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Blog of the International Journal of Constitutional Law
Home Archive for category "Developments" (Page 79)
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Culture War in the Court: Reproductive Health Battle in the Philippines

—Anna Su, Baldy Postdoctoral Fellow, SUNY Buffalo Law School On July 9, 2013, the Philippine Supreme Court will hear oral arguments on a constitutional challenge lodged against the recently-enacted and widely-controversial Responsible Parenthood and Reproductive Health Act of 2012 (“RH Law”). Almost eleven years in the making, the new reproductive health statute unsurprisingly encountered vociferous

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Published on July 2, 2013
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Striking Down Austerity Measures: Crisis Jurisprudence in Europe

—Christina M. Akrivopoulou, Adjunct Lecturer, Democritus University of Thrace Due to the socialist ‘Carnation Revolution’ that led the country to its democratization after 1974, Portugal has inherited one of the most powerful Constitutions of Europe regarding the protection of social rights. Although Portugal’s introduction to the European Union in 1986 has gradually diminished the strong

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Published on June 25, 2013
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Canada’s Longest-Tenured Chief Justice

Last week, Beverley McLachlin gave a rare interview to mark an historic occasion: she became Canada’s longest-serving Chief Justice. The country’s 17th Chief Justice, the Rt. Hon. Beverley McLachlin began her tenure in January 2000, when then-Prime Minister Jean Chretien elevated her from the rank of Associate Justice (known in Canada as a “Puisne” Justice). She

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Published on June 17, 2013
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The Politics of Tunisia’s Final Draft Constitution

–Duncan Pickard, Democracy Reporting International and Rafik Hariri Center for the Middle East at the Atlantic Council [cross-posted from MENASource, a project of the Rafik Hariri Center] Tunisia’s constitution-drafting process has reached another milestone: the committee coordinating the drafting of the country’s post-authoritarian constitution presented its third and final draft to the National Constituent Assembly on April

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Published on May 16, 2013
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The Judicialization of Pure Politics in Brazil

–Vanice Regina Lírio do Valle, Estácio de Sá University Law School The Brazilian Constitutional Court gained visibility worldwide due to its recent ruling in the “mensalão” case – a trial involving a Congressional vote-buying scheme which ended in the conviction of many politicians associated with former President Lula, and also numerous congressmen still in the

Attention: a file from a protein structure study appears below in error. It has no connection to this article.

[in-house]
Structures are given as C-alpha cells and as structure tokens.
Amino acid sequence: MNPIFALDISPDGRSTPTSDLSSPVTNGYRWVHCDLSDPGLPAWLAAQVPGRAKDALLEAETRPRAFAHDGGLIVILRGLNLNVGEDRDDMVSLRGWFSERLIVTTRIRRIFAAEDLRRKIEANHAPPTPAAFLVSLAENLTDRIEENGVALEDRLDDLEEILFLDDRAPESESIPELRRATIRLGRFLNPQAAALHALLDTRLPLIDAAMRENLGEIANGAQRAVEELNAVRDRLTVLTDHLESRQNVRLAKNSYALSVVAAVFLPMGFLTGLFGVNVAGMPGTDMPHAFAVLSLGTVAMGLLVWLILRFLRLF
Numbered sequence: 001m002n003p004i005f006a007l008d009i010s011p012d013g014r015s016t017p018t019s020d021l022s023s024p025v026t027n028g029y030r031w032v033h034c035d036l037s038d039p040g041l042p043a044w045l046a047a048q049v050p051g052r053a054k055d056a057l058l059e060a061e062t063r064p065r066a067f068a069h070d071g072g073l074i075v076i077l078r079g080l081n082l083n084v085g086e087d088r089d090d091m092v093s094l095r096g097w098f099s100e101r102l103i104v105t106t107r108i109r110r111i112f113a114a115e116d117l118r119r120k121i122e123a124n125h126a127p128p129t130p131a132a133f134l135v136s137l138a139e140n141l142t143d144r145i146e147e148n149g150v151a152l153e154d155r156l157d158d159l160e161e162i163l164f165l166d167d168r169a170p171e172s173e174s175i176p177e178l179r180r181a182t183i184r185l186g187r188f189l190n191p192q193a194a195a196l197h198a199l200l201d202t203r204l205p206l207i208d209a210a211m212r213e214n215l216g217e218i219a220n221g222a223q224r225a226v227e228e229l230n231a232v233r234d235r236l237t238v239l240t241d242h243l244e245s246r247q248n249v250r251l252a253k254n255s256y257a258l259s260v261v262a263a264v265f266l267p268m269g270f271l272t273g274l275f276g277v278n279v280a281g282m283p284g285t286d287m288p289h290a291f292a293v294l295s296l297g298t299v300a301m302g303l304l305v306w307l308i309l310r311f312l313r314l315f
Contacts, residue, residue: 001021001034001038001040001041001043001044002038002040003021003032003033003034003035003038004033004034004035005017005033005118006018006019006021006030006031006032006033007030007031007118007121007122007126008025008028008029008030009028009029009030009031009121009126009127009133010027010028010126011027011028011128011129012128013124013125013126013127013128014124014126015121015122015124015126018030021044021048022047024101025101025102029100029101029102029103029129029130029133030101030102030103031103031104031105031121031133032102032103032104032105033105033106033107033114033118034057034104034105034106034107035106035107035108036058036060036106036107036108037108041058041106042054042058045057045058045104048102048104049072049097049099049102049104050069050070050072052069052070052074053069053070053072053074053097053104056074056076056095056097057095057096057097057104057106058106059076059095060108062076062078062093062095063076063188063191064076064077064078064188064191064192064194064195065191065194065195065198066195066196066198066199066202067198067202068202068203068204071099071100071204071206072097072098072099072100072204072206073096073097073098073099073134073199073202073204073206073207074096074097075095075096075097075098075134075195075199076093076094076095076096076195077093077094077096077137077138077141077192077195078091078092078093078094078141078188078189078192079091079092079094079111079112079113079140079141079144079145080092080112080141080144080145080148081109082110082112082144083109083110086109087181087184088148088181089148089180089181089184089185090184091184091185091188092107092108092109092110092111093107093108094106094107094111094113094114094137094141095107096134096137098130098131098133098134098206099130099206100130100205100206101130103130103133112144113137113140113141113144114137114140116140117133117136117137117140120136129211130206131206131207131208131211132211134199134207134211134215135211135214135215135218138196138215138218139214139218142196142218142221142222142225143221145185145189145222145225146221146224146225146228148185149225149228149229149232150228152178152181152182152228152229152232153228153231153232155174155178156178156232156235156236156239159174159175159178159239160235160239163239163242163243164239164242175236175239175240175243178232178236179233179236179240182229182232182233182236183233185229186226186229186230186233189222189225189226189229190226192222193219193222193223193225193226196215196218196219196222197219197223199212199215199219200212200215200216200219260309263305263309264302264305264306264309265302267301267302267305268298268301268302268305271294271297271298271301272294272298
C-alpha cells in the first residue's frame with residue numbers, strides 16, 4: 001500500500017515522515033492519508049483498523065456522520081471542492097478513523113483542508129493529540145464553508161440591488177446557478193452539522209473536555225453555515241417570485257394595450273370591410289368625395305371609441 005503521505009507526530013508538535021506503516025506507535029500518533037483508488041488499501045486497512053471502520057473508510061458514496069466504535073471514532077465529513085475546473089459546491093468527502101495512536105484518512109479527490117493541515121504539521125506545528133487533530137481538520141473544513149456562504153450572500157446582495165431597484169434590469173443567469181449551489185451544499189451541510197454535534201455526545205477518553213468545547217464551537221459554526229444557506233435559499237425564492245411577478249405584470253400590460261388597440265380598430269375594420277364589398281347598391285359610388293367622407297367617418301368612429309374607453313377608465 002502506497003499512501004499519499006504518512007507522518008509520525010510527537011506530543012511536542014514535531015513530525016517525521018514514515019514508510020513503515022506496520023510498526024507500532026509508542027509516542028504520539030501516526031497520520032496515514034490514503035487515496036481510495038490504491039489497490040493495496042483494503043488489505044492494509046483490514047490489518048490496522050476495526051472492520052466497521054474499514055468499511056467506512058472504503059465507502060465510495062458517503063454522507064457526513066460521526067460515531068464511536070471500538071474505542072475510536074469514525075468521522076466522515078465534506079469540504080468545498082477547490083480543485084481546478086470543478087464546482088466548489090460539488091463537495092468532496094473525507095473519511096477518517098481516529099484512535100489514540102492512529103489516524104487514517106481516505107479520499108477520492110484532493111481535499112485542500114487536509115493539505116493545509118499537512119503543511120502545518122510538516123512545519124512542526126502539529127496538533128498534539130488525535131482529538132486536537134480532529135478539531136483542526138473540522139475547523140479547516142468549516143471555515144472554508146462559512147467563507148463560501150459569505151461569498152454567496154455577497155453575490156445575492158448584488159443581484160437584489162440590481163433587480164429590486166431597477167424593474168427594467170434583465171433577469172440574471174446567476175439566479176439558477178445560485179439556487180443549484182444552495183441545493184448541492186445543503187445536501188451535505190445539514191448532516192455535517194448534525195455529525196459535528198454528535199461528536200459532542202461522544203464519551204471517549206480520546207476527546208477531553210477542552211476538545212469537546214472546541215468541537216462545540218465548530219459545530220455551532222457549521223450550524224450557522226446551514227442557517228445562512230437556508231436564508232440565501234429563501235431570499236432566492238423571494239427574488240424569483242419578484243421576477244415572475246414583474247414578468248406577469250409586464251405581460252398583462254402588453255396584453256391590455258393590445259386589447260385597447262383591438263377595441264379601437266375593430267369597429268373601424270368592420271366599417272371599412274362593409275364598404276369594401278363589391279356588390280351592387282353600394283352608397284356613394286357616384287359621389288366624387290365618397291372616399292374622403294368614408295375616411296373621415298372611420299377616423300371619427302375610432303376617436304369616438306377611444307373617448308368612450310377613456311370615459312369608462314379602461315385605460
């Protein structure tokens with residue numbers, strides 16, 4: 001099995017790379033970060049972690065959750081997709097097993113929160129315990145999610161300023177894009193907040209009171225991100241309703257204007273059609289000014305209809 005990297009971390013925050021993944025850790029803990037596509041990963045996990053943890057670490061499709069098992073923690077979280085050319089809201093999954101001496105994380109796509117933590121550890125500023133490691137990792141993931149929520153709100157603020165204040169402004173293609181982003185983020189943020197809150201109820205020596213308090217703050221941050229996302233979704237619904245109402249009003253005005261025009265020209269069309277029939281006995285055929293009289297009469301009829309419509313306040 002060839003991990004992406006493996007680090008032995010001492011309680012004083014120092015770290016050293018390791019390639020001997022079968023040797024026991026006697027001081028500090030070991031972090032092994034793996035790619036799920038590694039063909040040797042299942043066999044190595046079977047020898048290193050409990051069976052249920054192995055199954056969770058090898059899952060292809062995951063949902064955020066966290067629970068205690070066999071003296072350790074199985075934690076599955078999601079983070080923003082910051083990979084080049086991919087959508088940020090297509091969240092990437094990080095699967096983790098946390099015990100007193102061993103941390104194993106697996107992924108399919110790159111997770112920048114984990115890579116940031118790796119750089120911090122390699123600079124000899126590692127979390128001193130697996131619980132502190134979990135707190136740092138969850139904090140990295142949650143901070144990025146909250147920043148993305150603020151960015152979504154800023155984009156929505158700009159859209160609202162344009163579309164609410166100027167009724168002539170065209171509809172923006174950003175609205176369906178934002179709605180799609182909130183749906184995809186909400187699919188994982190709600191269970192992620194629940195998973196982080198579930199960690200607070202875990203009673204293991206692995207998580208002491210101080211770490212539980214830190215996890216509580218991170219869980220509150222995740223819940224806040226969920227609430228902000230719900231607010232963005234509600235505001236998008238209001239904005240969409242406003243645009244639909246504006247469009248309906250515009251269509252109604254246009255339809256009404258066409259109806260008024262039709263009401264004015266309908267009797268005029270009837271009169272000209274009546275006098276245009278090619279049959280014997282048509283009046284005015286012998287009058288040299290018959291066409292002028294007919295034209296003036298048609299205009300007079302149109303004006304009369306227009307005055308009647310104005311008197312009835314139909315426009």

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Published on May 8, 2013
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Libyan Congress Blunders Constitutional Moment

—Lorianne Updike Toler, Esq., Lorianne Updike Toler Consulting & The University of Pennsylvania Law School The April 10 vote by the General National Congress of Libya amending their interim Constitutional Declaration was incredibly short-sighted.  Instead of fixing the largest problem with the Declaration, the GNC dealt with the issue for which they were receiving the

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Published on May 4, 2013
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Bachelet Appoints Group to Study New Constitution for Chile

—Claudia Heiss, Instituto de Asuntos Publicos, Universidad de Chile On April 23rd former President of Chile Michelle Bachelet (2006-2010), the front-runner candidate for the November presidential election, announced a commission to study a new constitution. The group is composed of nine lawyers (including two women) some of whom contributed to the 2005 reform signed by

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Published on May 1, 2013
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Ireland’s Constitutional Convention Considers Same-Sex Marriage: Part II

—Eoin Carolan, University College Dublin Ireland’s Constitutional Convention has voted overwhelmingly in favour of a proposal to amend the Irish Constitution to allow for civil marriage for same-sex couples. 79 Convention members favoured the proposal with 19 against and 1 expressing no opinion. There was also a similarly large majority in favour of a directive

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Published on April 25, 2013
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New Developments on Japan’s Proposed Constitutional Amendment Process

–Tokujin Matsudaira, Kanagawa University Faculty of Law Recently the Asahi Shimbun Weekly (ASW, a special Monday edition of Asahi News) interviewed eight constitutional scholars and asked them to answer a survey about the possible amendment of Japan’s postwar constitution. The results appeared in ASW on April 8 (in Japanese). The eight scholars are Yasuo Hasebe

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Published on April 23, 2013
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Differencing Same-Sex Marriage

–Russell Miller, Washington & Lee University School of Law, Co-Author, The Constitutional Jurisprudence of the Federal Republic of Germany (2012), Co-Editor-in-Chief, German Law Journal As a comparative lawyer it is tempting to see a once-in-a-generation convergence of American and German constitutional law on what many regard as the era’s foremost civil rights issue:  same-sex marriage. 

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Published on April 19, 2013
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